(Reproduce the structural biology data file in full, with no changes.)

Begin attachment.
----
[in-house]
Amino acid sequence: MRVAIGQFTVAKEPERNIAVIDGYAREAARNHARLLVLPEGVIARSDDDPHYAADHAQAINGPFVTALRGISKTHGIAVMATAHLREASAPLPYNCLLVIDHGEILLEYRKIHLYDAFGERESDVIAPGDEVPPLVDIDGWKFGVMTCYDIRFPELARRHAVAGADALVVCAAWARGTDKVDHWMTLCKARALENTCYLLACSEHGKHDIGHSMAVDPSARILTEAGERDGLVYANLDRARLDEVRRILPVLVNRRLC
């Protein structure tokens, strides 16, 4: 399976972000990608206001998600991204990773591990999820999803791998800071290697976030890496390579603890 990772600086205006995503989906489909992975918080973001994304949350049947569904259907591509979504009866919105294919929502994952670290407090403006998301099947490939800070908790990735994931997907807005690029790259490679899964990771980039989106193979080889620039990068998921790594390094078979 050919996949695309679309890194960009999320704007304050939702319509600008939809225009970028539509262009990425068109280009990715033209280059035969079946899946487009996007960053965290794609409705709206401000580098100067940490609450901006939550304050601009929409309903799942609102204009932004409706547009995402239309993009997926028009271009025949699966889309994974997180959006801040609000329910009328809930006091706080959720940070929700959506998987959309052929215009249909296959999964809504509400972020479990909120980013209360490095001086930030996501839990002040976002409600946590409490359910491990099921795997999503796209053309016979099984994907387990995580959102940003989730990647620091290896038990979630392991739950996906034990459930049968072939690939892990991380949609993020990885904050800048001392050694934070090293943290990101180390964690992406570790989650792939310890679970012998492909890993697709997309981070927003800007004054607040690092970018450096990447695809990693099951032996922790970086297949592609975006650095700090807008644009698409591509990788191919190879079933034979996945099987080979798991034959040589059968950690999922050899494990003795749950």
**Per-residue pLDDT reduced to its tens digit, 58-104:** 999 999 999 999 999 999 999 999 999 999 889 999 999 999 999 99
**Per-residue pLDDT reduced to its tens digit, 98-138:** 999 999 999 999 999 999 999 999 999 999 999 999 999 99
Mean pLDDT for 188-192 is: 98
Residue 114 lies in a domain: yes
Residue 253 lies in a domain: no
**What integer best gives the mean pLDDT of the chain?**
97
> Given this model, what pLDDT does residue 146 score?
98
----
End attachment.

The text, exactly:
[in-house]
Amino acid sequence: MRVAIGQFTVAKEPERNIAVIDGYAREAARNHARLLVLPEGVIARSDDDPHYAADHAQAINGPFVTALRGISKTHGIAVMATAHLREASAPLPYNCLLVIDHGEILLEYRKIHLYDAFGERESDVIAPGDEVPPLVDIDGWKFGVMTCYDIRFPELARRHAVAGADALVVCAAWARGTDKVDHWMTLCKARALENTCYLLACSEHGKHDIGHSMAVDPSARILTEAGERDGLVYANLDRARLDEVRRILPVLVNRRLC
């Protein structure tokens, strides 16, 4: 399976972000990608206001998600991204990773591990999820999803791998800071290697976030890496390579603890 990772600086205006995503989906489909992975918080973001994304949350049947569904259907591509979504009866919105294919929502994952670290407090403006998301099947490939800070908790990735994931997907807005690029790259490679899964990771980039989106193979080889620039990068998921790594390094078979 050919996949695309679309890194960009999320704007304050939702319509600008939809225009970028539509262009990425068109280009990715033209280059035969079946899946487009996007960053965290794609409705709206401000580098100067940490609450901006939550304050601009929409309903799942609102204009932004409706547009995402239309993009997926028009271009025949699966889309994974997180959006801040609000329910009328809930006091706080959720940070929700959506998987959309052929215009249909296959999964809504509400972020479990909120980013209360490095001086930030996501839990002040976002409600946590409490359910491990099921795997999503796209053309016979099984994907387990995580959102940003989730990647620091290896038990979630392991739950996906034990459930049968072939690939892990991380949609993020990885904050800048001392050694934070090293943290990101180390964690992406570790989650792939310890679970012998492909890993697709997309981070927003800007004054607040690092970018450096990447695809990693099951032996922790970086297949592609975006650095700090807008644009698409591509990788191919190879079933034979996945099987080979798991034959040589059968950690999922050899494990003795749950």
**Per-residue pLDDT reduced to its tens digit, 58-104:** 999 999 999 999 999 999 999 999 999 999 889 999 999 999 999 99
**Per-residue pLDDT reduced to its tens digit, 98-138:** 999 999 999 999 999 999 999 999 999 999 999 999 999 99
Mean pLDDT for 188-192 is: 98
Residue 114 lies in a domain: yes
Residue 253 lies in a domain: no
**What integer best gives the mean pLDDT of the chain?**
97
> Given this model, what pLDDT does residue 146 score?
98